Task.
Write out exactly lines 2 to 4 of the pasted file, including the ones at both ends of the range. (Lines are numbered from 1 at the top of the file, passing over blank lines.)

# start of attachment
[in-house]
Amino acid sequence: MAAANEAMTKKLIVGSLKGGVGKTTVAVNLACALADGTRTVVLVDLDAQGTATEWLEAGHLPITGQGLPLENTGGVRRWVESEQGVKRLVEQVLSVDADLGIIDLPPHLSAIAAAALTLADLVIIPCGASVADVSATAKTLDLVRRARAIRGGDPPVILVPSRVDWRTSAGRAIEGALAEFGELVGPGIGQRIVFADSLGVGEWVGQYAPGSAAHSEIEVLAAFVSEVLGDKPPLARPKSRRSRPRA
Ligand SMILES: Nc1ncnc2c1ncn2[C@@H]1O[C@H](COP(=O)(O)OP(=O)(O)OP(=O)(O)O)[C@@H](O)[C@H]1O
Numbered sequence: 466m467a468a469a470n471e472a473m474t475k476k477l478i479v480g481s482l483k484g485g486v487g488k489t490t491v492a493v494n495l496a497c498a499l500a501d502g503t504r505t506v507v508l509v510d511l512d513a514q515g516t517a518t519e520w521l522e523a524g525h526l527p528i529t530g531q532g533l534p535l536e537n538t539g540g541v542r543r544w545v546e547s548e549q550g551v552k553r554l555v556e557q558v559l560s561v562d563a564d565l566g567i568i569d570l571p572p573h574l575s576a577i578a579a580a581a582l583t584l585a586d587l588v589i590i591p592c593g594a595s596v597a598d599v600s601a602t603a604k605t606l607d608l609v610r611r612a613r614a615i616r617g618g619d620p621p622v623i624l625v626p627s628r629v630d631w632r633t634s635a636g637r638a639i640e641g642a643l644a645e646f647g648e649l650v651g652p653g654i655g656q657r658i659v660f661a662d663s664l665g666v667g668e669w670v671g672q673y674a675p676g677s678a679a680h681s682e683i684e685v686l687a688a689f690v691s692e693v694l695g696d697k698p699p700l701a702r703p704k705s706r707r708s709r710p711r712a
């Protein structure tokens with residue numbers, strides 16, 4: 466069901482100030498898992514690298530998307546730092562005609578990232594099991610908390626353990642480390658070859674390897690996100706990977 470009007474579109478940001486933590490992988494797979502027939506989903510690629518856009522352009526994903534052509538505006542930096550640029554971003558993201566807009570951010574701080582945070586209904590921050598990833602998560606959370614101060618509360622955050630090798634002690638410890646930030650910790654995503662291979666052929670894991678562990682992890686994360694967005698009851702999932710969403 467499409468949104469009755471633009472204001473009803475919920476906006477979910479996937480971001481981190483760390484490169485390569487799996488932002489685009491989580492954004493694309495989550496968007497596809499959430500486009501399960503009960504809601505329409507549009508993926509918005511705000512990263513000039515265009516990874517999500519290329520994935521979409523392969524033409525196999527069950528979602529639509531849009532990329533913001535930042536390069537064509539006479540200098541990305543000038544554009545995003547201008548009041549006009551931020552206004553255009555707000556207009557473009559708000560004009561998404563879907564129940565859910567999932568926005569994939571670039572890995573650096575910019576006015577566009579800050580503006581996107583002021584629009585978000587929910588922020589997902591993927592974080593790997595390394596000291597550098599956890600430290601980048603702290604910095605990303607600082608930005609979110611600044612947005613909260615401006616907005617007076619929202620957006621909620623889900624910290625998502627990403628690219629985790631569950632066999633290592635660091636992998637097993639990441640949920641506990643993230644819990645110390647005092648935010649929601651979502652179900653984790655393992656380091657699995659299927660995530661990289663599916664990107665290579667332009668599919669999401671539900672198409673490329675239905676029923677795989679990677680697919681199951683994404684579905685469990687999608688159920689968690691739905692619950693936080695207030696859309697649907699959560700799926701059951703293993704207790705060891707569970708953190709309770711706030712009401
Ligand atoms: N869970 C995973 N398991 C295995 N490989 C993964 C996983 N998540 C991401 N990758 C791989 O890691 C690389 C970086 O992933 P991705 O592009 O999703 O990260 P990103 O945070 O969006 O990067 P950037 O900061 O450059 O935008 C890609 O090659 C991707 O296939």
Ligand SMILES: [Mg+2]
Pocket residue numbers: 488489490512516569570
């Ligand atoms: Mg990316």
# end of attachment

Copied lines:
Amino acid sequence: MAAANEAMTKKLIVGSLKGGVGKTTVAVNLACALADGTRTVVLVDLDAQGTATEWLEAGHLPITGQGLPLENTGGVRRWVESEQGVKRLVEQVLSVDADLGIIDLPPHLSAIAAAALTLADLVIIPCGASVADVSATAKTLDLVRRARAIRGGDPPVILVPSRVDWRTSAGRAIEGALAEFGELVGPGIGQRIVFADSLGVGEWVGQYAPGSAAHSEIEVLAAFVSEVLGDKPPLARPKSRRSRPRA
Ligand SMILES: Nc1ncnc2c1ncn2[C@@H]1O[C@H](COP(=O)(O)OP(=O)(O)OP(=O)(O)O)[C@@H](O)[C@H]1O
Numbered sequence: 466m467a468a469a470n471e472a473m474t475k476k477l478i479v480g481s482l483k484g485g486v487g488k489t490t491v492a493v494n495l496a497c498a499l500a501d502g503t504r505t506v507v508l509v510d511l512d513a514q515g516t517a518t519e520w521l522e523a524g525h526l527p528i529t530g531q532g533l534p535l536e537n538t539g540g541v542r543r544w545v546e547s548e549q550g551v552k553r554l555v556e557q558v559l560s561v562d563a564d565l566g567i568i569d570l571p572p573h574l575s576a577i578a579a580a581a582l583t584l585a586d587l588v589i590i591p592c593g594a595s596v597a598d599v600s601a602t603a604k605t606l607d608l609v610r611r612a613r614a615i616r617g618g619d620p621p622v623i624l625v626p627s628r629v630d631w632r633t634s635a636g637r638a639i640e641g642a643l644a645e646f647g648e649l650v651g652p653g654i655g656q657r658i659v660f661a662d663s664l665g666v667g668e669w670v671g672q673y674a675p676g677s678a679a680h681s682e683i684e685v686l687a688a689f690v691s692e693v694l695g696d697k698p699p700l701a702r703p704k705s706r707r708s709r710p711r712a